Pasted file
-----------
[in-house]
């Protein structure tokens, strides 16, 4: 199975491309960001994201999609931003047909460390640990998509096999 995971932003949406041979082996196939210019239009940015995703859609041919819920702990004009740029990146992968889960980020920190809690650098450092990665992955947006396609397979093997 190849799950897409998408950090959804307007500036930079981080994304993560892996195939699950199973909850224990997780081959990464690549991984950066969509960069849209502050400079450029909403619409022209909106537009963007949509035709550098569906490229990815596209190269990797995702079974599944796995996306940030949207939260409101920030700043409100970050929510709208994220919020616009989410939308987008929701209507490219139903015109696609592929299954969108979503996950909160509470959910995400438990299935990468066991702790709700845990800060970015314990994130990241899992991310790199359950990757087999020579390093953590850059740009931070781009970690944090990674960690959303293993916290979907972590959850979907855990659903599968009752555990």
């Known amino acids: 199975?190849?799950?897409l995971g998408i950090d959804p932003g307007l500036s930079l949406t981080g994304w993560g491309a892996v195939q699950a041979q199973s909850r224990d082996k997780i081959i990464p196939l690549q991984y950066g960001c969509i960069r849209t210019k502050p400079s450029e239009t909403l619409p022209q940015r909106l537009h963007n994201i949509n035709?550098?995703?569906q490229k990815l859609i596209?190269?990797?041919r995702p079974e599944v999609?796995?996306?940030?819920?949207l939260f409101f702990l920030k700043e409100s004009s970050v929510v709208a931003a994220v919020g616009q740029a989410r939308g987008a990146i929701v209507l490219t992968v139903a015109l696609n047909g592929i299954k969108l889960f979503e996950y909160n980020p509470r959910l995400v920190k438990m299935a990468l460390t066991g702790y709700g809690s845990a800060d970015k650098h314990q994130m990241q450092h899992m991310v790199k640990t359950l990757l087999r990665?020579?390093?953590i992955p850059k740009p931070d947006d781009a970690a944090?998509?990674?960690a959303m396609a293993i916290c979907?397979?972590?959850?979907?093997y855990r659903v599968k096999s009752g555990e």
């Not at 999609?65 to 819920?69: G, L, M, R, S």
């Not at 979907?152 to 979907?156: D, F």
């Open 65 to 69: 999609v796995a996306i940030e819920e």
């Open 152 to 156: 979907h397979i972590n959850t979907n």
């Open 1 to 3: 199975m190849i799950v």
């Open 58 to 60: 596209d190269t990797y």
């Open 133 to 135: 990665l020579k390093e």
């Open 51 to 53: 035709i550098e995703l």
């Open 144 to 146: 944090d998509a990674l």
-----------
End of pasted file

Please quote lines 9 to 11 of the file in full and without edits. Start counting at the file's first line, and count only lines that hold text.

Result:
């Open 58 to 60: 596209d190269t990797y």
């Open 133 to 135: 990665l020579k390093e």
């Open 51 to 53: 035709i550098e995703l």